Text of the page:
Tracking campaign data on Modi and Rahul: The message in battlegrounds, and hints on low priorities

For each public meeting by Gandhi, Modi has addressed more than two. The PM’s record also outshines Gandhi in key battleground states, such as Maharashtra, West Bengal and Bihar.

WrittenBy:Shivnarayan Rajpurohit& Sumedha Mittal
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Prime Minister Narendra Modi has addressed more than twice the number of public meetings than that of Congress leader Rahul Gandhi since the beginning of the NDA and INDIA poll campaigns, shows a Newslaundry analysis.

The NDA kicked off its campaign from Meerut while INDIA launched it from Delhi on March 31. The campaigning for the seven-phase polls concluded on Thursday.

Modi has held 151 public meetings compared with Gandhi’s 72 in these two months. Modi covered 20 states and four UTs against Gandhi’s 17 states and two UTs. The analysis is based on data from the Congress’s website and its press releases, and

In the 2019 polls, the two star campaigners had addressed almost an equal number of rallies. The BJP then won 303 seats against the Congress’s 52. 

UP in focus

In this election, the two leaders led the most number of meetings in Uttar Pradesh – the state with the highest number of constituencies at 80. 

In UP, home to his constituency Varanasi, the PM addressed 23 meetings. Gandhi attended 14. 

Most of Gandhi’s public meetings were concentrated in his family bastion Rae Bareli (5) and Amethi (1), which is held by BJP’s Smriti Irani. Gandhi is fighting from two constituencies: Wayanad in Kerala and Rae Bareli. He also addressed one rally in Modi’s home constituency Varanasi.

In contrast, Modi addressed only one public meeting in Varanasi and did not visit Amethi and Rae Bareli or the constituencies won by INDIA alliance partner Samajwadi Party in the last elections. 

Out of Modi’s 23 public meetings in Uttar Pradesh, 17 were in constituencies where a BJP candidate had won in the last general elections and one in Mirzapur constituency from where their alliance partner AD(S) is contesting.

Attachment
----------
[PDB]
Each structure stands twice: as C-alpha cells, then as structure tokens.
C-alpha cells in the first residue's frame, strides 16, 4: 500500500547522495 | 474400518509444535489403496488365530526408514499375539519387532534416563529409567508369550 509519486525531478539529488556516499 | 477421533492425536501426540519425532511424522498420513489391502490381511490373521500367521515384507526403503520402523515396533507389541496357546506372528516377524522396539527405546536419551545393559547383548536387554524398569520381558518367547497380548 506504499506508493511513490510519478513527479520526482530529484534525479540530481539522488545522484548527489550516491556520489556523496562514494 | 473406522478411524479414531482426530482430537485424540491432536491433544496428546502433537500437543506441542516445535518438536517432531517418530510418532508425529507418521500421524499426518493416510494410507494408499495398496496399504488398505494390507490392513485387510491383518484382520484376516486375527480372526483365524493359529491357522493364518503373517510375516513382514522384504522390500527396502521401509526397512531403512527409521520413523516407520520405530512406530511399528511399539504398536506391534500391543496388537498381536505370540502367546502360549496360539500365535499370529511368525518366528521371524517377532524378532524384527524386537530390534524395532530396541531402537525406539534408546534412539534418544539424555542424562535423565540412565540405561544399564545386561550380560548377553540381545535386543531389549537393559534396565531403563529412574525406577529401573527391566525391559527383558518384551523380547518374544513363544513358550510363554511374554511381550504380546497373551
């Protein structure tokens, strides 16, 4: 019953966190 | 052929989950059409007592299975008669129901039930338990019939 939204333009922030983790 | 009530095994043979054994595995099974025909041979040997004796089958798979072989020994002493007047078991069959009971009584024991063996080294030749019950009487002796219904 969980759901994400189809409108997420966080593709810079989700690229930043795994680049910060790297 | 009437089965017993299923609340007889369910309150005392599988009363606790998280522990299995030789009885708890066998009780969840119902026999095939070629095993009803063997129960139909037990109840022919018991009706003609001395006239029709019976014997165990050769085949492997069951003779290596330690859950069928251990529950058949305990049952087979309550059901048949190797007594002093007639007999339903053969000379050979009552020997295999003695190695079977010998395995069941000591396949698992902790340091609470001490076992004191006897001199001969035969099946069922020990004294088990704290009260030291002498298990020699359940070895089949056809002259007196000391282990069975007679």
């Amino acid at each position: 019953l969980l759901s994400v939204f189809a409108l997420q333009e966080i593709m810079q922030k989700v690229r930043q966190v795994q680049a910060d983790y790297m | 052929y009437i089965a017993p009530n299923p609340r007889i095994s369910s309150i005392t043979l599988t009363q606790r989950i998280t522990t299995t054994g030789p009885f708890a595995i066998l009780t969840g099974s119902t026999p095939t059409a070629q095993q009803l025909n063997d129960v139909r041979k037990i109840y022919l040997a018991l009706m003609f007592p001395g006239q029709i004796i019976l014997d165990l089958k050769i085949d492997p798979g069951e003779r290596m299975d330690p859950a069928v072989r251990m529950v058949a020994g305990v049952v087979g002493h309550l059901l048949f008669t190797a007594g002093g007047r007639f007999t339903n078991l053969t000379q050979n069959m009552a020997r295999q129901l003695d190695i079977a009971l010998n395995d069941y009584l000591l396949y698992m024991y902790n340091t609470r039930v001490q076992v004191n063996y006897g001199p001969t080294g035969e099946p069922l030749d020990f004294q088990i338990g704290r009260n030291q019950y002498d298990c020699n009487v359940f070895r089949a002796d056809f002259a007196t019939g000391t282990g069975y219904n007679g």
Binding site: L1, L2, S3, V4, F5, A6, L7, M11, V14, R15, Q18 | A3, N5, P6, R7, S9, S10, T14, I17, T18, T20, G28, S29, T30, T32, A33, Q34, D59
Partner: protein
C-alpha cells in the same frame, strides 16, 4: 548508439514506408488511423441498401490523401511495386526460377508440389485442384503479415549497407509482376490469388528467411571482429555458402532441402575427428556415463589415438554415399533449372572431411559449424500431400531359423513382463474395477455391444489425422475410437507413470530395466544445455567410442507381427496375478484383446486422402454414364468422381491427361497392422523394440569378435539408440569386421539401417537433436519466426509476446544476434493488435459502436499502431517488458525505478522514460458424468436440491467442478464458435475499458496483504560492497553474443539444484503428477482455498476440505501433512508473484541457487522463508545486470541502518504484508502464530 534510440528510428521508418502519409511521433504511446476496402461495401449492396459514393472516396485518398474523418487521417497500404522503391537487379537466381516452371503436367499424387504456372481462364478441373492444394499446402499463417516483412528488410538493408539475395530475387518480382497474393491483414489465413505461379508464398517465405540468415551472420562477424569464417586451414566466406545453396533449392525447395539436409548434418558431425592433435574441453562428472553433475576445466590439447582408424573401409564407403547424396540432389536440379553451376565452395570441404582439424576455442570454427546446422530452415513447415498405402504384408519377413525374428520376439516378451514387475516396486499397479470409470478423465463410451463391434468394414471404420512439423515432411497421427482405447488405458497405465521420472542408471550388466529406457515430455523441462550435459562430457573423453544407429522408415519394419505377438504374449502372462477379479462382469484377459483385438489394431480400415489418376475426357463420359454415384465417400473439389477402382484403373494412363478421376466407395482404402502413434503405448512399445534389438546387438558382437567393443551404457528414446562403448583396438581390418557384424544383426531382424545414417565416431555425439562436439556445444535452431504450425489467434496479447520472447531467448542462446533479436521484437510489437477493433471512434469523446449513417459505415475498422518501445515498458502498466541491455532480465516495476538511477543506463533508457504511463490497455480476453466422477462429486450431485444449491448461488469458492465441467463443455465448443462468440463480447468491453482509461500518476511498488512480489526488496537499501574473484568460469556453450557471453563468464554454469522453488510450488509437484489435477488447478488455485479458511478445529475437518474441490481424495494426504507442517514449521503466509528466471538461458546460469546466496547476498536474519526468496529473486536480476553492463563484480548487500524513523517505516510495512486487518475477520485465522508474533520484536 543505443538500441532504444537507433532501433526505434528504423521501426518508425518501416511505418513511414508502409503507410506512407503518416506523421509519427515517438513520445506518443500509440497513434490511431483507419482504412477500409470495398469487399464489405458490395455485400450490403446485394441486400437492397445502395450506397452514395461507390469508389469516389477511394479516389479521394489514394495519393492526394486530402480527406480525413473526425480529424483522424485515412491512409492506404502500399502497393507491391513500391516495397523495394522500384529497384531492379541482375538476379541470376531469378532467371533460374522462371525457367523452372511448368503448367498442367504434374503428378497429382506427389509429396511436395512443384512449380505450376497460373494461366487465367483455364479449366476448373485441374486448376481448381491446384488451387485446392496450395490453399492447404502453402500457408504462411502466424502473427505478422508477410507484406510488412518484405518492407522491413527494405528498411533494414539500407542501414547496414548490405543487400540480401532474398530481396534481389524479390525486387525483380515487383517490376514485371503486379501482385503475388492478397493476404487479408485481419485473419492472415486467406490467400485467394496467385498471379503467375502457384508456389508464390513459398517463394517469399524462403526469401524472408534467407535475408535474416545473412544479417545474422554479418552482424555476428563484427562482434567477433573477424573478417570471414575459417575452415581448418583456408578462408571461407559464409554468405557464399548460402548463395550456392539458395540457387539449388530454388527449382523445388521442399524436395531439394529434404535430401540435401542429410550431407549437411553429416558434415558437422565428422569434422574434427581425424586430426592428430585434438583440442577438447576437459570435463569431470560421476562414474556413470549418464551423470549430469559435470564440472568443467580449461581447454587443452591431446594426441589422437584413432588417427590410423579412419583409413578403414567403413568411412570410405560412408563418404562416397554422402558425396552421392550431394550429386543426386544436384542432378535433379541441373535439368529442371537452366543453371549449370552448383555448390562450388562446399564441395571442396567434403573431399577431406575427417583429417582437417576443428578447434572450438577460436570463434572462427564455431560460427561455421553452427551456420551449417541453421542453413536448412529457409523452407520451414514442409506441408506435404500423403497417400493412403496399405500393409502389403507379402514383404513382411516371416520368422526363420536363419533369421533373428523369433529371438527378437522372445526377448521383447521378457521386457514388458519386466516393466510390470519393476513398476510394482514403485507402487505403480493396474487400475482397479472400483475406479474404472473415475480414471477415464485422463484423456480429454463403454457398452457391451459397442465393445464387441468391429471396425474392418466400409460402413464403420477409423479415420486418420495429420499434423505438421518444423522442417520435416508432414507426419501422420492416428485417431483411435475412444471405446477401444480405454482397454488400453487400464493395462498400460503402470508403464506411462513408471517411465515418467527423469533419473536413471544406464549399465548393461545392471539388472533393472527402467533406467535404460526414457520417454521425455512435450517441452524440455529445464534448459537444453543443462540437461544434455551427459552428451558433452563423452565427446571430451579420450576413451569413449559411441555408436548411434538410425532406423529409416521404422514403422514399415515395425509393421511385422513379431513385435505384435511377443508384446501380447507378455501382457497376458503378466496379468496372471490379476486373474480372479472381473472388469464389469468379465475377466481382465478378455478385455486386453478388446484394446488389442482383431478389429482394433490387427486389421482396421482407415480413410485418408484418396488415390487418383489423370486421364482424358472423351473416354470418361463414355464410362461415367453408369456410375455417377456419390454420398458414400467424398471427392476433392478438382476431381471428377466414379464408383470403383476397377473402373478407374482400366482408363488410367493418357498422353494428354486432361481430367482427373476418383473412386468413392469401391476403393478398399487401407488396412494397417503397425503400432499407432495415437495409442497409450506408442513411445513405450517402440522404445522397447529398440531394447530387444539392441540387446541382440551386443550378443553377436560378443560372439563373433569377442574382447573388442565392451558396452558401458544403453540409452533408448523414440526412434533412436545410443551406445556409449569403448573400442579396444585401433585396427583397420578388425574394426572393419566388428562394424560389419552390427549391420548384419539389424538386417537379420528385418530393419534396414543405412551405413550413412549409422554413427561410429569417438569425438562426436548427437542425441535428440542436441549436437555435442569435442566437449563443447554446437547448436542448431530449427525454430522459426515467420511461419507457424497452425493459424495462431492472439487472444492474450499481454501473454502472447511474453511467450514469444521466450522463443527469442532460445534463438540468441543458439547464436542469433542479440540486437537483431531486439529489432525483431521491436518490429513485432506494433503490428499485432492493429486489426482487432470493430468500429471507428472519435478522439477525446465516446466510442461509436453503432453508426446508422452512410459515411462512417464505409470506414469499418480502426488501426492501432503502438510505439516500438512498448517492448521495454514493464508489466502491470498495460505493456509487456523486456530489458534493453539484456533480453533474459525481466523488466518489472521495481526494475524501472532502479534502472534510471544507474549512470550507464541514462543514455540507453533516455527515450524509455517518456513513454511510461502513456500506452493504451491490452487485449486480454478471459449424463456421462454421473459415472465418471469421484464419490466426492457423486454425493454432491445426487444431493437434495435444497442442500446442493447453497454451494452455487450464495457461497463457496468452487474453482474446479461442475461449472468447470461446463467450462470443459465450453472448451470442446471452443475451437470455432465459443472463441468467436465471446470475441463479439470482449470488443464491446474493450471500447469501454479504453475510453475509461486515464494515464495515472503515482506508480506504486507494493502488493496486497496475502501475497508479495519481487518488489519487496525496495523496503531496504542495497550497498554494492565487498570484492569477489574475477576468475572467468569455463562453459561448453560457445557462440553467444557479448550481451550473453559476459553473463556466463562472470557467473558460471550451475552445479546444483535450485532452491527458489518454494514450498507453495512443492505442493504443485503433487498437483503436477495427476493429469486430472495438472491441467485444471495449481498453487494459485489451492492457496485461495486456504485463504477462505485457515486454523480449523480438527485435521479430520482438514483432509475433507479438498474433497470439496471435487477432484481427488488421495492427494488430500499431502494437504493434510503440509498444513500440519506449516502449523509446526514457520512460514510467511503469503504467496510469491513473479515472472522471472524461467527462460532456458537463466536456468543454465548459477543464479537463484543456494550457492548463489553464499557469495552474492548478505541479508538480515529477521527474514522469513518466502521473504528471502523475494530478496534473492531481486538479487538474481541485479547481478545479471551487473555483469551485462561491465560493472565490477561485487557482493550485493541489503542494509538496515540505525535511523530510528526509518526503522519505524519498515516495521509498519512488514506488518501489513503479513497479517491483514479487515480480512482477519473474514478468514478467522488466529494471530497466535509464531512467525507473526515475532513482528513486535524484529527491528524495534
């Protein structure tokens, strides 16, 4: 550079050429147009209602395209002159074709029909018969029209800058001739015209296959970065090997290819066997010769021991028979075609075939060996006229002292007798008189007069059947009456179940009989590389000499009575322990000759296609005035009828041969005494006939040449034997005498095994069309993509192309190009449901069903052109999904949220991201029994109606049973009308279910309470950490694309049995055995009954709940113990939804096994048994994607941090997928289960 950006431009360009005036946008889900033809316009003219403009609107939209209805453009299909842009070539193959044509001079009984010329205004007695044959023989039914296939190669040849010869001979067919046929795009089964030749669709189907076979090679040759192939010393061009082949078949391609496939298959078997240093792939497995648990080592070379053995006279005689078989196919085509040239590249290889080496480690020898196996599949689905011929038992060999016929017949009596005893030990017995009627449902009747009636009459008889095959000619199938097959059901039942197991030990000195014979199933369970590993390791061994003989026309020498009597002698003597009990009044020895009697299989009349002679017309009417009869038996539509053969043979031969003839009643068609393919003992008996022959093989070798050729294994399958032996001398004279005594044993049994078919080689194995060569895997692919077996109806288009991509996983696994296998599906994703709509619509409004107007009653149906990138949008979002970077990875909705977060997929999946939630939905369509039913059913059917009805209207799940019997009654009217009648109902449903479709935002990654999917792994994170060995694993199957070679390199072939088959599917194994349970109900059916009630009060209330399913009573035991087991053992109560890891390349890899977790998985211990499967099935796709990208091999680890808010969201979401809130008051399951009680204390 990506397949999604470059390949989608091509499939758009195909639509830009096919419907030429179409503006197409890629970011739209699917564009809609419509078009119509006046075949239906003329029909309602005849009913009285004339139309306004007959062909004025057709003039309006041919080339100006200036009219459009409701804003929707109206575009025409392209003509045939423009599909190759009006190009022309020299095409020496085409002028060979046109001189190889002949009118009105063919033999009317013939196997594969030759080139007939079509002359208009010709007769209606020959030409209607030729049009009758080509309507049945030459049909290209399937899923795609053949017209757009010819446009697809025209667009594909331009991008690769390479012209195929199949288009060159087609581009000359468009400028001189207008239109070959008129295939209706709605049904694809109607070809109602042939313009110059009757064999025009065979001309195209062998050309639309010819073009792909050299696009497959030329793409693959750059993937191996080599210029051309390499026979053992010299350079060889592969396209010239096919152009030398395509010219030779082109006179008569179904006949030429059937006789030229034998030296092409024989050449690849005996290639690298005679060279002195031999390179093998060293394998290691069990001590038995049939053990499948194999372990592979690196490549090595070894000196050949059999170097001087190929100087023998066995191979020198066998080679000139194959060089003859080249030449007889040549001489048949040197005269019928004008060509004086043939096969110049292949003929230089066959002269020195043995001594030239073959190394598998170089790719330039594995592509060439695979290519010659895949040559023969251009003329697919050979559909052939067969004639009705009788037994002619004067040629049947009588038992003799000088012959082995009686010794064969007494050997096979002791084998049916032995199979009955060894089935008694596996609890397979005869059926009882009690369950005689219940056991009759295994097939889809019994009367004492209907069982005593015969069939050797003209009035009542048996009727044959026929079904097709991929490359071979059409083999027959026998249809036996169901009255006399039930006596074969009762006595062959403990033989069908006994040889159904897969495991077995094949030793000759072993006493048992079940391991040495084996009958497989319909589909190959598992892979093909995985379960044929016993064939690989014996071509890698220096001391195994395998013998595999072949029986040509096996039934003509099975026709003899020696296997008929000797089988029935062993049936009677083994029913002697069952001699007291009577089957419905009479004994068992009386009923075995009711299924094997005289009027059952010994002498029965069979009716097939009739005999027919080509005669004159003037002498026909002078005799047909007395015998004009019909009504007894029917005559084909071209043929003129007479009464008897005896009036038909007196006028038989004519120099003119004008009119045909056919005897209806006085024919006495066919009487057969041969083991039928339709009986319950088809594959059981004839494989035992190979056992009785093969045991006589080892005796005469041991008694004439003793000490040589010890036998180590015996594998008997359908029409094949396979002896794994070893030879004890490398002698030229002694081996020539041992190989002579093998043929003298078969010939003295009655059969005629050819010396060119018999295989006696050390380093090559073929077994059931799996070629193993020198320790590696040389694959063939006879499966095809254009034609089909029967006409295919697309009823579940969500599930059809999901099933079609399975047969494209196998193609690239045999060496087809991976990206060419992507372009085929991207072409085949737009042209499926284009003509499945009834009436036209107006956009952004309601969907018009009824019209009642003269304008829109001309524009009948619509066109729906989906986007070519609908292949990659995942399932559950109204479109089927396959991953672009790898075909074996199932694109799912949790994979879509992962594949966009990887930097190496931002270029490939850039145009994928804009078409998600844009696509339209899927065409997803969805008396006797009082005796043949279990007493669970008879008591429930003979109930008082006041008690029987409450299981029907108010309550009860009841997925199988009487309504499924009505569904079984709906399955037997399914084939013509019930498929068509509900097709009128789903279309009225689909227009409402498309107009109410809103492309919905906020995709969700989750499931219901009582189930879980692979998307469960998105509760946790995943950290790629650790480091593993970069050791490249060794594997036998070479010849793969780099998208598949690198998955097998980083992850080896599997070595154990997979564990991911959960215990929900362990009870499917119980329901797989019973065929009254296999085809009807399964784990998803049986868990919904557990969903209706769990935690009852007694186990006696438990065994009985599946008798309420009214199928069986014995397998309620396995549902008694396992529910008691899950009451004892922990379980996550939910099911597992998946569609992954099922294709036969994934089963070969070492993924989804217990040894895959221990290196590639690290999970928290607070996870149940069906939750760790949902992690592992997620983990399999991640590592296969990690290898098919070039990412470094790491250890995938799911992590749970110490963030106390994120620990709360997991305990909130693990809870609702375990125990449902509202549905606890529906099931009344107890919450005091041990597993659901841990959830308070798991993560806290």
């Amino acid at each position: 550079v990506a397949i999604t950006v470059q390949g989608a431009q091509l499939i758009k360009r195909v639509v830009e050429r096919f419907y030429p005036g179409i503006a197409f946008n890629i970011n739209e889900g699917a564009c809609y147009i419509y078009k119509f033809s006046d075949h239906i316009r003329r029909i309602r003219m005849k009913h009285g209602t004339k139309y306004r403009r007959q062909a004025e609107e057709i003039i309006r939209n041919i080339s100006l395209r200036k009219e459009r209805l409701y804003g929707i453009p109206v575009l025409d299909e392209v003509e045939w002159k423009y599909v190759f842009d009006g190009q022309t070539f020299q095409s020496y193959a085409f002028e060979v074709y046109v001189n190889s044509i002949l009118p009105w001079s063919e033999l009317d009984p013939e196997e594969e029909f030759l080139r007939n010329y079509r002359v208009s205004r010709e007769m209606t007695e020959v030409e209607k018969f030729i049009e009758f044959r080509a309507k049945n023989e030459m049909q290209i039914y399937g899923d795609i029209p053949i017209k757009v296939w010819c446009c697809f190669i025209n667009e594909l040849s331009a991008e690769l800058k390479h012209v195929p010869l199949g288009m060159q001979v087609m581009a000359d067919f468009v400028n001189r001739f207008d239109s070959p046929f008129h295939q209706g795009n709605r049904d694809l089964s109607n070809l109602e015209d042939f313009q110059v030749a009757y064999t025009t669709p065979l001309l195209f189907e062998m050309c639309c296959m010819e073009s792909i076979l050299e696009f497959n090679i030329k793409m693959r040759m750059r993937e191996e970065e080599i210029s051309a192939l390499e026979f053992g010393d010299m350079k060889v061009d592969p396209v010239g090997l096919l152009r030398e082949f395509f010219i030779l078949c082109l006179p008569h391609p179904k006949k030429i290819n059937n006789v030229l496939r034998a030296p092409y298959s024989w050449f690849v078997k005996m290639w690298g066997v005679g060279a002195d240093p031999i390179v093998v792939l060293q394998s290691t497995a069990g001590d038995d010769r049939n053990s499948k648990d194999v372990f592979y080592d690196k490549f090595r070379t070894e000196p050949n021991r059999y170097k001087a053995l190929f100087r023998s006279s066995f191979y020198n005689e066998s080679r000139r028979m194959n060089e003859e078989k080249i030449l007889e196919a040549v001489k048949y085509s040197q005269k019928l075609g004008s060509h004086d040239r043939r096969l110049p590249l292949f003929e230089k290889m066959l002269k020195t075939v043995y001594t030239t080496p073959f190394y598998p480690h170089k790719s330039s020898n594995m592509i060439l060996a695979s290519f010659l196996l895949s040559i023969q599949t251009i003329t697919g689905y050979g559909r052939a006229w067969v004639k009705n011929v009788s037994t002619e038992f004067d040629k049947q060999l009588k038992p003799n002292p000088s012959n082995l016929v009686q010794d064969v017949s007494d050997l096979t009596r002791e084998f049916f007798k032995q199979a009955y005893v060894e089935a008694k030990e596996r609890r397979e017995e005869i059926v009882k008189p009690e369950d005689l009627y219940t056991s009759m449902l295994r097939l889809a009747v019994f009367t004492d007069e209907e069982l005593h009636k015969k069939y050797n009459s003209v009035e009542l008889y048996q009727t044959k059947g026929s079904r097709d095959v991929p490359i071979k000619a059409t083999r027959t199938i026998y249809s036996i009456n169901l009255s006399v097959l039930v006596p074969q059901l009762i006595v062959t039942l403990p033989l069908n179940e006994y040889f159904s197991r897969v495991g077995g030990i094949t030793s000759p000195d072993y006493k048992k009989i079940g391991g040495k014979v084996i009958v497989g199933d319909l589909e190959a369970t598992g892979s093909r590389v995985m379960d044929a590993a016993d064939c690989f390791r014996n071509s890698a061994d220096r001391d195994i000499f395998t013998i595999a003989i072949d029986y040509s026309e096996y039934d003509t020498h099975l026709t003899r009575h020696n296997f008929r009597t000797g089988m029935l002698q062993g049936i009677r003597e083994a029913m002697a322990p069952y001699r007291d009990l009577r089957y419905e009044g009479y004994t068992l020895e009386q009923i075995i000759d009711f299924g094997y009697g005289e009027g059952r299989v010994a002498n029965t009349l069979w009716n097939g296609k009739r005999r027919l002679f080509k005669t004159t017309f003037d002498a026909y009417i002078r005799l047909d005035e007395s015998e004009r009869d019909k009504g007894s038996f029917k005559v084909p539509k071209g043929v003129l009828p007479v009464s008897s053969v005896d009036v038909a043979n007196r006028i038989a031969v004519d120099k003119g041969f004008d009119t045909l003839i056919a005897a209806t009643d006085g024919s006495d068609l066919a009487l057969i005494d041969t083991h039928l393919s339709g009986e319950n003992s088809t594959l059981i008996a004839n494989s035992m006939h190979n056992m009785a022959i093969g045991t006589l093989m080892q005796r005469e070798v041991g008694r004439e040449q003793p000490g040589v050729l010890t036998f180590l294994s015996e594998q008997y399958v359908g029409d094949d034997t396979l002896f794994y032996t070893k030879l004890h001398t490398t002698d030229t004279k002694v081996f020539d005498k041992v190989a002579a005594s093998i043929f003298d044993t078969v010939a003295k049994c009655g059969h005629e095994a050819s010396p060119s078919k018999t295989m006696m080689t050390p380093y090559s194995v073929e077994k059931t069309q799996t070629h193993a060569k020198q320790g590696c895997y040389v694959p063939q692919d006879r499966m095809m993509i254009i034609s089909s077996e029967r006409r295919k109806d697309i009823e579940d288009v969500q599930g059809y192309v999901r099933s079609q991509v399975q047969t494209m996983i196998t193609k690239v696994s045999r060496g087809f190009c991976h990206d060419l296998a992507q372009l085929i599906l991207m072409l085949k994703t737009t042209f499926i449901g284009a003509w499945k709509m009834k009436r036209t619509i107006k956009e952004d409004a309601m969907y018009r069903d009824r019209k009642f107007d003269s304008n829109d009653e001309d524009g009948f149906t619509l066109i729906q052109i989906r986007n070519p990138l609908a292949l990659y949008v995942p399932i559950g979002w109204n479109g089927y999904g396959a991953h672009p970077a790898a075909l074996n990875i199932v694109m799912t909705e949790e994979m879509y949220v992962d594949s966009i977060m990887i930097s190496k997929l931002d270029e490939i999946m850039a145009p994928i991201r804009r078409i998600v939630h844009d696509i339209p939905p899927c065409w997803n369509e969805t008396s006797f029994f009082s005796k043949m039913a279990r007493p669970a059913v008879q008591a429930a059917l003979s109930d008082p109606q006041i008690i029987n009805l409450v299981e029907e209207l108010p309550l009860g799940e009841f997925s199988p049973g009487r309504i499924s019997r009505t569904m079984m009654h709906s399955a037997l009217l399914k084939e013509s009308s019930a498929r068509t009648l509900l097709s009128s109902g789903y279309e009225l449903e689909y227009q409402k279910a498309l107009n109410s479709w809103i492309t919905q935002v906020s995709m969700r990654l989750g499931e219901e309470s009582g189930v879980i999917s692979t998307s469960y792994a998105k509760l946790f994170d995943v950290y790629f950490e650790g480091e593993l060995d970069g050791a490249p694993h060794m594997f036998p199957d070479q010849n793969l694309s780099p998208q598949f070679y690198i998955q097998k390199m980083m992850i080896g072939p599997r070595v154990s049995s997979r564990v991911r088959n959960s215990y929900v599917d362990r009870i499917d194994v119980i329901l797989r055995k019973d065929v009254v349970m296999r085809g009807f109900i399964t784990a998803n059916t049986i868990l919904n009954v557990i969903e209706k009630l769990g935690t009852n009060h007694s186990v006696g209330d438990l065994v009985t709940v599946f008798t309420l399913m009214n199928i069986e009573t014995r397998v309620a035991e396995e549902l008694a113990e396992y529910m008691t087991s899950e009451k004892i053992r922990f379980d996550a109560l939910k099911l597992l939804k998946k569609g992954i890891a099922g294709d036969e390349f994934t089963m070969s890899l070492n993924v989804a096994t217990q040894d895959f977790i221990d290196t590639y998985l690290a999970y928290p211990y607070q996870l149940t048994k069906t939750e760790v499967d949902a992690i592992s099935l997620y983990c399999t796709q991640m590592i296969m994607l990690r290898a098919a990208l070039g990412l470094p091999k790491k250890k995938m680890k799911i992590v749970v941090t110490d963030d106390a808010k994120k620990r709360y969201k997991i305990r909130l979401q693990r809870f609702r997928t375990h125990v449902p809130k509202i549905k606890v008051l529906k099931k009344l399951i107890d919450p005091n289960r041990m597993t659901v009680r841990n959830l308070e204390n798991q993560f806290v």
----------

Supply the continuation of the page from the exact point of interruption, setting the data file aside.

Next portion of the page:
In 2019 Lok Sabha elections, the BJP led NDA had won 64 out of 80 constituencies. Congress had one seat, the BSP 10 and SP five. 

Modi held public meetings in Saharanpur, Amroha, Jaunpur, Lalganj, Shravasti, Ghazipur where BSP had won last time.

Battleground states

In key battleground states such as Maharashtra, West Bengal and Bihar, Modi’s record outshines Gandhi. The three states send 130 MPs to the Lok Sabha.

Modi visited 50 of these constituencies, roughly covering 38 percent of them. Gandhi held only four meetings each in Maharashtra and Bihar, where the Congress is fighting in alliance with its regional partners. 

West Bengal was missing from his itinerary. Other glaring misses were Assam, the other Northeastern states, Jammu and Kashmir, and Uttarakhand.

The gap in speeches and the constituencies revisited

In terms of public speech-free days, Gandhi’s had a higher share.

Modi did not address the audience for a total of six days against Gandhi’s 21 days between March 31 and May 30.

Another factor that burnishes Modi’s “industrious” credentials is the number of meetings held in one day. He addressed four or more meetings 17 times on a single day. There were only two days when Modi held one public meeting a day – on April 5 and May 14. 

In contrast, Gandhi had only one such four-meeting day: May 13 when he addressed all four in his home constituency Rae Bareli. There were only four dates in his calendar — May 27, 10, and April 24, 18 — when he addressed three meetings each. 

Gandhi repeated five constituencies. He made five speeches in Rae Bareli, three in New Delhi, and two each in Wayanad, Adilabad and Kozhikode. On the other hand, Modi did not revisit any constituency. 

Modi scores big in Bengal, Bihar and Maharashtra

Now let’s look at the states where both leaders held the most number of jan sabhas. 

After Uttar Pradesh, West Bengal was clearly Modi’s priority where he covered 19 constituencies, followed by 18 in Maharashtra and 13 in Bihar.